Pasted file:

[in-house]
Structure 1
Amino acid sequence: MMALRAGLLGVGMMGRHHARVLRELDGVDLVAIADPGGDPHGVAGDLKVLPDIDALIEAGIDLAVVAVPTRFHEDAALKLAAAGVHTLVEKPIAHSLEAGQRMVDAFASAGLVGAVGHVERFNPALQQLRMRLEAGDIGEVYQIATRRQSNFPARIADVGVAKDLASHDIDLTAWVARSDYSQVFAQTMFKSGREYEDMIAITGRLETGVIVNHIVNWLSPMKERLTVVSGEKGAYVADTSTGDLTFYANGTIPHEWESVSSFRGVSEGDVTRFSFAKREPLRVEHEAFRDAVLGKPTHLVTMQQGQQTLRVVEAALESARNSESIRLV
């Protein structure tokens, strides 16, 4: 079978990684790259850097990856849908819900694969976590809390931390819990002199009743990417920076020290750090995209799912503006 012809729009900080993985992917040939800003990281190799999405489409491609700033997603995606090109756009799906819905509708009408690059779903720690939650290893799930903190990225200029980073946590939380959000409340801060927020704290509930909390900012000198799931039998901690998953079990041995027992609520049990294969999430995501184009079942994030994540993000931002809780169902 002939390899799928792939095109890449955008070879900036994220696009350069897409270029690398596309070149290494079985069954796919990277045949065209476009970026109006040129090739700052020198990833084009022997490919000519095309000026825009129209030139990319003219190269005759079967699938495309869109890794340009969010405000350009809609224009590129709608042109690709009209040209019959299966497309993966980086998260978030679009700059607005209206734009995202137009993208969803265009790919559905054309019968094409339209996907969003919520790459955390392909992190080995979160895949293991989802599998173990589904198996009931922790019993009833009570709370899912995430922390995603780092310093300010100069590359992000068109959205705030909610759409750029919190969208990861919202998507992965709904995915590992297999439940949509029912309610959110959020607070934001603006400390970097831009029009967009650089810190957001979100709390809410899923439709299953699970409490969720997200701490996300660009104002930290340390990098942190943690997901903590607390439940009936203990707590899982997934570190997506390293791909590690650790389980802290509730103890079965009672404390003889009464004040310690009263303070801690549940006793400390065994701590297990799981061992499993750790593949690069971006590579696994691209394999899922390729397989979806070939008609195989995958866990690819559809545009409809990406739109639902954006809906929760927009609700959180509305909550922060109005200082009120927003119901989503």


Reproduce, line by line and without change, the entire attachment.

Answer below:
[in-house]
Structure 1
Amino acid sequence: MMALRAGLLGVGMMGRHHARVLRELDGVDLVAIADPGGDPHGVAGDLKVLPDIDALIEAGIDLAVVAVPTRFHEDAALKLAAAGVHTLVEKPIAHSLEAGQRMVDAFASAGLVGAVGHVERFNPALQQLRMRLEAGDIGEVYQIATRRQSNFPARIADVGVAKDLASHDIDLTAWVARSDYSQVFAQTMFKSGREYEDMIAITGRLETGVIVNHIVNWLSPMKERLTVVSGEKGAYVADTSTGDLTFYANGTIPHEWESVSSFRGVSEGDVTRFSFAKREPLRVEHEAFRDAVLGKPTHLVTMQQGQQTLRVVEAALESARNSESIRLV
């Protein structure tokens, strides 16, 4: 079978990684790259850097990856849908819900694969976590809390931390819990002199009743990417920076020290750090995209799912503006 012809729009900080993985992917040939800003990281190799999405489409491609700033997603995606090109756009799906819905509708009408690059779903720690939650290893799930903190990225200029980073946590939380959000409340801060927020704290509930909390900012000198799931039998901690998953079990041995027992609520049990294969999430995501184009079942994030994540993000931002809780169902 002939390899799928792939095109890449955008070879900036994220696009350069897409270029690398596309070149290494079985069954796919990277045949065209476009970026109006040129090739700052020198990833084009022997490919000519095309000026825009129209030139990319003219190269005759079967699938495309869109890794340009969010405000350009809609224009590129709608042109690709009209040209019959299966497309993966980086998260978030679009700059607005209206734009995202137009993208969803265009790919559905054309019968094409339209996907969003919520790459955390392909992190080995979160895949293991989802599998173990589904198996009931922790019993009833009570709370899912995430922390995603780092310093300010100069590359992000068109959205705030909610759409750029919190969208990861919202998507992965709904995915590992297999439940949509029912309610959110959020607070934001603006400390970097831009029009967009650089810190957001979100709390809410899923439709299953699970409490969720997200701490996300660009104002930290340390990098942190943690997901903590607390439940009936203990707590899982997934570190997506390293791909590690650790389980802290509730103890079965009672404390003889009464004040310690009263303070801690549940006793400390065994701590297990799981061992499993750790593949690069971006590579696994691209394999899922390729397989979806070939008609195989995958866990690819559809545009409809990406739109639902954006809906929760927009609700959180509305909550922060109005200082009120927003119901989503």